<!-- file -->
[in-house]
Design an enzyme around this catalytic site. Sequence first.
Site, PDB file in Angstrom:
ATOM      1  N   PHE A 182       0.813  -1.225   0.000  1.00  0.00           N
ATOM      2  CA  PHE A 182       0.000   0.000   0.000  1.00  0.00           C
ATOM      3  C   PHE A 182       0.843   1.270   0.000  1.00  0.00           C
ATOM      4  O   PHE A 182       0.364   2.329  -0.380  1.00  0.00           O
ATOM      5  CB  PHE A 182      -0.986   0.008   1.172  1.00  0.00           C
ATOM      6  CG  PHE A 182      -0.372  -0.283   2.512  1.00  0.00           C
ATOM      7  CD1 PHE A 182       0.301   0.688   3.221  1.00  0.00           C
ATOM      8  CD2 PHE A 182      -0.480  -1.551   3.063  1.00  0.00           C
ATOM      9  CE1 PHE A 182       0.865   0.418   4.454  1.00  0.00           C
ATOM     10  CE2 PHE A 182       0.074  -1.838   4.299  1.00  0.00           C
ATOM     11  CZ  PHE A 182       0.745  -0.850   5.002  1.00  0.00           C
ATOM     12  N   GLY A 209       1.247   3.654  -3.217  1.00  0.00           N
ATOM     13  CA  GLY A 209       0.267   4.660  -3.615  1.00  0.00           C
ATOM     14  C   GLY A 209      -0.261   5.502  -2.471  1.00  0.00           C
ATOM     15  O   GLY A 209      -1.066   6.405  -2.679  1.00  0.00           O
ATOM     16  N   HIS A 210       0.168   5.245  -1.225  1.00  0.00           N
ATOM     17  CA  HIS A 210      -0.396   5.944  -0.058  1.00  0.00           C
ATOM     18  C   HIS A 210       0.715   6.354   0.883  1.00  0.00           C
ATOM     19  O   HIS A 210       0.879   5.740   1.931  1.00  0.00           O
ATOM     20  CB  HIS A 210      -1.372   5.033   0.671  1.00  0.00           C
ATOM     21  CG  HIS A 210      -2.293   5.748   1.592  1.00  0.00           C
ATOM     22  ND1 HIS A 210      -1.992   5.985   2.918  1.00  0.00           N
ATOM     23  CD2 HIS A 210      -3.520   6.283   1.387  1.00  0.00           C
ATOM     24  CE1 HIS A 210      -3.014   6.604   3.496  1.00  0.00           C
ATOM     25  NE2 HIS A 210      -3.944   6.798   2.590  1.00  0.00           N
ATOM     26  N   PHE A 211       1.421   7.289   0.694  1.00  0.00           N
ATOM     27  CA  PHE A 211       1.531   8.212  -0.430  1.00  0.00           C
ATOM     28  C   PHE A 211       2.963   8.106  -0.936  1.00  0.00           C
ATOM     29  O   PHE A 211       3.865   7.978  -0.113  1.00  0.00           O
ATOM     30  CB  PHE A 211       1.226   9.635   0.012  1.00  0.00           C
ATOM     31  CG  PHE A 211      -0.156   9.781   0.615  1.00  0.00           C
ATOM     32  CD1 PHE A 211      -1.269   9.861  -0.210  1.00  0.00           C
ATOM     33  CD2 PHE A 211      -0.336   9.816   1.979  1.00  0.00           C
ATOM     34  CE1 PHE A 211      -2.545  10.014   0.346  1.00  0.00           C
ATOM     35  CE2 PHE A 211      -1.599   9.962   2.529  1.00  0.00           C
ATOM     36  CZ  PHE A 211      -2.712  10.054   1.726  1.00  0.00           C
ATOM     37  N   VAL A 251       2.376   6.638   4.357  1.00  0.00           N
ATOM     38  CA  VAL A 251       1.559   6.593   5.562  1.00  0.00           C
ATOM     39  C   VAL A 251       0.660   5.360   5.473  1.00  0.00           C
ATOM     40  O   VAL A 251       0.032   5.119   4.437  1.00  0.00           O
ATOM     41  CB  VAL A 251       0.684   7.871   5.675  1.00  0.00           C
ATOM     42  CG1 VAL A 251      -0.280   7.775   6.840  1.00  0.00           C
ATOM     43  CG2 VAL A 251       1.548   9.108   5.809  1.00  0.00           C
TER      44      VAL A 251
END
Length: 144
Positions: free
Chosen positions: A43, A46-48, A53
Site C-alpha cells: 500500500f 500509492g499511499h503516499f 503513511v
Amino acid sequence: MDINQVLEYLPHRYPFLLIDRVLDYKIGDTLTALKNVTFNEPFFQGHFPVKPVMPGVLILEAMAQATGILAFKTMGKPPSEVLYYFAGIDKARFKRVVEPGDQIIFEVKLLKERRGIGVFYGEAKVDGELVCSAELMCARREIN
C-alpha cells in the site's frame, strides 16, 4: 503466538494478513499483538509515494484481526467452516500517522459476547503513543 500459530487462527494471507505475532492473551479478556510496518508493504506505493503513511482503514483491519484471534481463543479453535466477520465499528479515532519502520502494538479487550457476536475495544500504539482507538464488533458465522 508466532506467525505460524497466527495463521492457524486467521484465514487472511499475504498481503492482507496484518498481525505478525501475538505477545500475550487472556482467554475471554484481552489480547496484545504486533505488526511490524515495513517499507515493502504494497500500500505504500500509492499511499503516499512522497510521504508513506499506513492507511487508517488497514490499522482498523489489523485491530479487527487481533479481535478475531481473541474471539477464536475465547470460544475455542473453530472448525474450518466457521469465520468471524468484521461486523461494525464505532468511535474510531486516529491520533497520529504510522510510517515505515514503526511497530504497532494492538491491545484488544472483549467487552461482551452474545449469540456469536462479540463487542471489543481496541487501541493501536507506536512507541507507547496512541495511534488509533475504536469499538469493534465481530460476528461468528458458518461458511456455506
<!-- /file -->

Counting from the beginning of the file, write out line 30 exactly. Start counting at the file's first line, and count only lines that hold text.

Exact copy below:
ATOM     27  CA  PHE A 211       1.531   8.212  -0.430  1.00  0.00           C